If there’s anything worse than a hot Oklahoma summer, it’s suffering through an Oklahoma summer without any air conditioning. You’re hot, you’re cranky, and you just want your air conditioning to work; but after checking the Freon levels and the temperature settings, your HVAC unit isn’t cooperating. Before you decide moving to a cooler climate is the best course of action, let us help:
Potential Problems with your Air Conditioning Unit:
Unfortunately, a HVAC unit is a large system that results in a lot of potential problems you’ll need to check for. While some may require a professional to fix, attempting to at least locate the problem on your own saves you time and get you back in the air conditioned air faster:
- They’re simple, but we have to say them: make sure the AC unit is on and set to cool. Check the temperature you have it set on—if it isn’t lower than the current room temperature, the system won’t turn on anyway. If your power recently went out, you may also check the breaker to ensure everything is turned on properly. Just as an added precaution, you might try resetting everything before calling a professional.
- If everything appears alright on the inside, check outside. The outside unit may appear to be nothing more than a giant box, but it’s a giant box that’s relatively simple. You’ll want to make sure the pump is working. While you’re out there, check to see if the coils are damaged or extremely dirty. If cleaning is the issue, you’ll want to hose down the unit and try again.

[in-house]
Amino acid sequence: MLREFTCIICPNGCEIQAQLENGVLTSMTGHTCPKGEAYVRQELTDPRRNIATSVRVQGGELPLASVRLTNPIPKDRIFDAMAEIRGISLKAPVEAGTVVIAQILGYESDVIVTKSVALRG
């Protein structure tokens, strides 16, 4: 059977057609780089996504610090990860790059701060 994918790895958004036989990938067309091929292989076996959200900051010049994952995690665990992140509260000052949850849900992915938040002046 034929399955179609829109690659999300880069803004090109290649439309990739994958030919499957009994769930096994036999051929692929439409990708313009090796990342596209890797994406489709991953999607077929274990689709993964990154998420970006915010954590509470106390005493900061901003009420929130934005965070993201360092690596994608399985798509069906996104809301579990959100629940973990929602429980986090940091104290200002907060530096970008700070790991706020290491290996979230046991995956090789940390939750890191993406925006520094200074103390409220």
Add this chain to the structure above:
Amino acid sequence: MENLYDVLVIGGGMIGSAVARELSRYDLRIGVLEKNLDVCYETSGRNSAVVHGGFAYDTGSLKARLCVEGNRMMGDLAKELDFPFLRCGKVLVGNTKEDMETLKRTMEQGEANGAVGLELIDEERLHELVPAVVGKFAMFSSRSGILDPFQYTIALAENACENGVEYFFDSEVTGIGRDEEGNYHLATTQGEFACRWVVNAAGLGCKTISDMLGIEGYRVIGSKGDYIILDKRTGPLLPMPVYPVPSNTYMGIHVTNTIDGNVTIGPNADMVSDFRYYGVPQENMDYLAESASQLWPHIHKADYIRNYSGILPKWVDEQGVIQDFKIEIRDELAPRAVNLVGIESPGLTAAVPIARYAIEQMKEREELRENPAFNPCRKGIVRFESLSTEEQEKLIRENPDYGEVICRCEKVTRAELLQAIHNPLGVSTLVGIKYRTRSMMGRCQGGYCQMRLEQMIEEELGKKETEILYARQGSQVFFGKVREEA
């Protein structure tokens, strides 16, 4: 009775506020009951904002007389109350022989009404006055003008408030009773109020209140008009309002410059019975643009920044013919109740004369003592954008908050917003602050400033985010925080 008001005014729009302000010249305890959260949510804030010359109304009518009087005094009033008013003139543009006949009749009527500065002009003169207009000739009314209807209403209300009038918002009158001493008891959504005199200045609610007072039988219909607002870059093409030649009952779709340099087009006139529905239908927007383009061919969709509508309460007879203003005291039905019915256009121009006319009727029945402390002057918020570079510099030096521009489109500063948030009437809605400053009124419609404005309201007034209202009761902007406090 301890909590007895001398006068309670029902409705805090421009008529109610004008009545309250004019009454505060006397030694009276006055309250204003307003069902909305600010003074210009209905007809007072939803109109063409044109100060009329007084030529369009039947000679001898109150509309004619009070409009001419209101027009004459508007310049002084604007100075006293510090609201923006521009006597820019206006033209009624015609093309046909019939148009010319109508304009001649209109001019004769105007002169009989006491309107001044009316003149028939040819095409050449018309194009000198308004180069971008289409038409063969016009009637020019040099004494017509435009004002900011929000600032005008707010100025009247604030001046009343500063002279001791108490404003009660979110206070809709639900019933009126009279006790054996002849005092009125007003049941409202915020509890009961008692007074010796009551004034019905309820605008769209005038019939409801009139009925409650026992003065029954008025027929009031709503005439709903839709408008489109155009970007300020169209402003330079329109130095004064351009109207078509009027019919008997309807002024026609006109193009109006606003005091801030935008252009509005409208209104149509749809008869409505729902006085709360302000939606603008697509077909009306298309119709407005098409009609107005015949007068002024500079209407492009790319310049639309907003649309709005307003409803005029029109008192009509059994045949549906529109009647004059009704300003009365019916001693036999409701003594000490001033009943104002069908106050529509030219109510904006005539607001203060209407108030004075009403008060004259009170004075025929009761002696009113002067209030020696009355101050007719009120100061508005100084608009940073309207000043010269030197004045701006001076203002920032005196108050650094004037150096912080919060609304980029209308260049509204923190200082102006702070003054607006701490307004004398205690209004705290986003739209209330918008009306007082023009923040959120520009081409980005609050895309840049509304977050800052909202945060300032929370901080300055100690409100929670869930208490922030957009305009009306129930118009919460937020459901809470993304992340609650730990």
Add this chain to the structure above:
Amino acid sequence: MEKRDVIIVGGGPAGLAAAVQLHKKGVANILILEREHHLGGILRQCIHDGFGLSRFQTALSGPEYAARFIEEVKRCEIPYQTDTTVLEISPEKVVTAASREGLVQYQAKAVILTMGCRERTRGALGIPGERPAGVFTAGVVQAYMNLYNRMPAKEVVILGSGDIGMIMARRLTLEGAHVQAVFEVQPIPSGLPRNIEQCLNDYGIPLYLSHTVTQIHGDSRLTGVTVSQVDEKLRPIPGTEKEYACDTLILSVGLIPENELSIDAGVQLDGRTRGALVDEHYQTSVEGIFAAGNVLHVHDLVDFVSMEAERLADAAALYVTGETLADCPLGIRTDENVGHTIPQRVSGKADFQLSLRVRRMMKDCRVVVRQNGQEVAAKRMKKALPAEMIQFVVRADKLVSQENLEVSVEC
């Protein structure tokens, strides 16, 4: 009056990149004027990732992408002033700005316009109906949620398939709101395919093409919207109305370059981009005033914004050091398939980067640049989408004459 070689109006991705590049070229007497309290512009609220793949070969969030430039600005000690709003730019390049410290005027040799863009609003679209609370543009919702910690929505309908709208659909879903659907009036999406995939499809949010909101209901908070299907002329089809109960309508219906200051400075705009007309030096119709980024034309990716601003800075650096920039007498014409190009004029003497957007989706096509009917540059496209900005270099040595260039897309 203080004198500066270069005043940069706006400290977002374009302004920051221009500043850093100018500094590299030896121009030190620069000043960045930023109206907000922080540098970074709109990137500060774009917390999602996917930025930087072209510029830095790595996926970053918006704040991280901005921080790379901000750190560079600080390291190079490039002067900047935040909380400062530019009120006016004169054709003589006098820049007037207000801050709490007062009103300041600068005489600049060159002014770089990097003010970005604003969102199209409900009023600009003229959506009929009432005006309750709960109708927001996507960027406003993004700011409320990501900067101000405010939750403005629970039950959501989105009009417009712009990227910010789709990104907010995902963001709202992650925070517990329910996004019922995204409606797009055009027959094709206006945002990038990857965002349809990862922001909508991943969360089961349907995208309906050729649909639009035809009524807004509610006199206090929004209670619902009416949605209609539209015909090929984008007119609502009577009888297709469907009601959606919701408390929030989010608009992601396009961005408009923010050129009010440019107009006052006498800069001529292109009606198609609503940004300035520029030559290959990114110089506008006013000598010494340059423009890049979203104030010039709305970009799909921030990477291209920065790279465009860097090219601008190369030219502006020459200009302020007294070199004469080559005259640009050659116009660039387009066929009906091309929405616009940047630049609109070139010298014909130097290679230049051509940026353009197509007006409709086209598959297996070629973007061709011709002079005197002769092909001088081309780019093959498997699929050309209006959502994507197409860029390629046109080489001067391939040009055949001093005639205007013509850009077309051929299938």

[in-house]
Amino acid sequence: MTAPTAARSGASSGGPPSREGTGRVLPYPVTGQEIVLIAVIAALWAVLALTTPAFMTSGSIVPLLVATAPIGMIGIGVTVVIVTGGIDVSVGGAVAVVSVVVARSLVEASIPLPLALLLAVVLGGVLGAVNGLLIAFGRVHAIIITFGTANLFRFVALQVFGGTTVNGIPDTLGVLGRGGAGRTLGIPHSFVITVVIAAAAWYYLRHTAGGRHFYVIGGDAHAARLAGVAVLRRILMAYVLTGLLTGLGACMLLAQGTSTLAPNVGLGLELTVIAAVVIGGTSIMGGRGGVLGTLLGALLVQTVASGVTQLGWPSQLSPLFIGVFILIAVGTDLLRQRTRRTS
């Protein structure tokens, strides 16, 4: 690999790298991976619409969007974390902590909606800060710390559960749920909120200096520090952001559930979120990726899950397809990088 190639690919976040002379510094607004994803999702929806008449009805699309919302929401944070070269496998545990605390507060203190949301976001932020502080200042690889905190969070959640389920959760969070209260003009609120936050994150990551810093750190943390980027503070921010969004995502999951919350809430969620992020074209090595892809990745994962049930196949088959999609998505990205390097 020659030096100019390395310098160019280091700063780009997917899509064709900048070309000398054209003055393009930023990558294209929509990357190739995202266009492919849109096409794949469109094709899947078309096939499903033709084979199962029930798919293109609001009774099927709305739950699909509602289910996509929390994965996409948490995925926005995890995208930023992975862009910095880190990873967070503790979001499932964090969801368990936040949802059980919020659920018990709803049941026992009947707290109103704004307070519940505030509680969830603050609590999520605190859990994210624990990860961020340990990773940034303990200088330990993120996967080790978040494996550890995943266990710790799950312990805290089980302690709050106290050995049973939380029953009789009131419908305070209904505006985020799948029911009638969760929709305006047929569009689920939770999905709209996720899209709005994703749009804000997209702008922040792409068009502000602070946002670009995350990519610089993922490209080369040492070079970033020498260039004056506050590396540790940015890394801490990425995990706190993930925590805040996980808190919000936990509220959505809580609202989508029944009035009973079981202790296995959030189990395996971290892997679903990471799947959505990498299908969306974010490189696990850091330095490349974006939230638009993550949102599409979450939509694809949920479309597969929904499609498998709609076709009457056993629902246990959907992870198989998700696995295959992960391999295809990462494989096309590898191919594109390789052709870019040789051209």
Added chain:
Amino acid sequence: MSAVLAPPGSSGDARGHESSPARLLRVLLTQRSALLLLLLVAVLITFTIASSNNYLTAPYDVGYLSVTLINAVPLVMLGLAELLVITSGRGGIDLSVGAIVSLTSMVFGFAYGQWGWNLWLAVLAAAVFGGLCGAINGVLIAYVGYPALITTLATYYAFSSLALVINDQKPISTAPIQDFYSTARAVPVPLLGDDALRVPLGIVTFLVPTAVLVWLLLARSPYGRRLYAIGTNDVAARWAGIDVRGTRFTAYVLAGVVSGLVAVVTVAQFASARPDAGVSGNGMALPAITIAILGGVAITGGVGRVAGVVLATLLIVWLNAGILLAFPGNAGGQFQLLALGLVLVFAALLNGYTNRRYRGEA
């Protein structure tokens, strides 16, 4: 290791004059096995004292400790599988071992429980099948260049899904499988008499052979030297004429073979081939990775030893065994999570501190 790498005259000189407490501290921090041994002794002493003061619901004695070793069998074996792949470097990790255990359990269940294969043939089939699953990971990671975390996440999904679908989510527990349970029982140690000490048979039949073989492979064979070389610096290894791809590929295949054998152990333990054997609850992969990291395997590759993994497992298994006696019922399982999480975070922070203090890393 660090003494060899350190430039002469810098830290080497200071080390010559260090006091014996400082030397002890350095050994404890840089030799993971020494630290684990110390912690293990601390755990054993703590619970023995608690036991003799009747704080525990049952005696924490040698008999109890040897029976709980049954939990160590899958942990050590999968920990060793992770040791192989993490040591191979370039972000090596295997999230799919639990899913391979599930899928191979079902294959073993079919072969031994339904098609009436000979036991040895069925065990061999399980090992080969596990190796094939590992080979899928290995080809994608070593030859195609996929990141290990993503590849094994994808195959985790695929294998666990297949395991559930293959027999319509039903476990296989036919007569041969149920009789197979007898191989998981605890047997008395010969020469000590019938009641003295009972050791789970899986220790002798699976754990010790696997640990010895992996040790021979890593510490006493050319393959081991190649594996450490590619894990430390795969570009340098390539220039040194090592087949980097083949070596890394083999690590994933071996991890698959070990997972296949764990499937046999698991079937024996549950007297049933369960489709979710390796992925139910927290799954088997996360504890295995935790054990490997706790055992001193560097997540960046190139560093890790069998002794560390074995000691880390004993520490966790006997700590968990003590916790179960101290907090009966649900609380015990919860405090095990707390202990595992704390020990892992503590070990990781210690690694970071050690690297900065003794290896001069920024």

- A few final touches may have slipped your mind: are the vents in the room closed? Additionally, if windows are open or a humidifier is on, your house will have trouble cooling itself.
- Sometimes, it isn’t that easy. More serious problems include bad valves, duct leak, low-charges, or even poor insulation. Your unit may also need a tune-up, to help it return to its former glory.
One of the most common problems with air conditioning units that won’t quite cool is also one of the most overlooked: clogged vents and dirty filters. Out of sight, out of mind is certainly an applicable theory, but not one that is going to keep your air working properly. While some debris may find their way down into your air system through wind, some may be pushed into vents on accident through small children or pets.
So what exactly is down in your vents? Here’s a short list of things that have been found in air ducts and vents:
- The usual allergens, dust, hair, and—in some cases, mold—are frequently blown into vents and ducts simply through the passage of air picking up debris and carrying it back.
- Toys—from books and train sets to baseballs and doggy toys—can easily be dropped down a duct or a vent by small children or pets.
- Rodents will love to seek out the cooler climate in the summer, and the warmer climate in the winter. To prevent them from staking out your air system as a new home, you’ll want to invest in repellent as well as ensure everything is sealed properly.
Whether it’s from construction on your home or simply a windy day, debris is going to find its way into your air system. To ensure your air conditioning system—and your lungs—aren’t suffering, you’ll want to clean your vents regularly and contact us about a routine check-up for your system!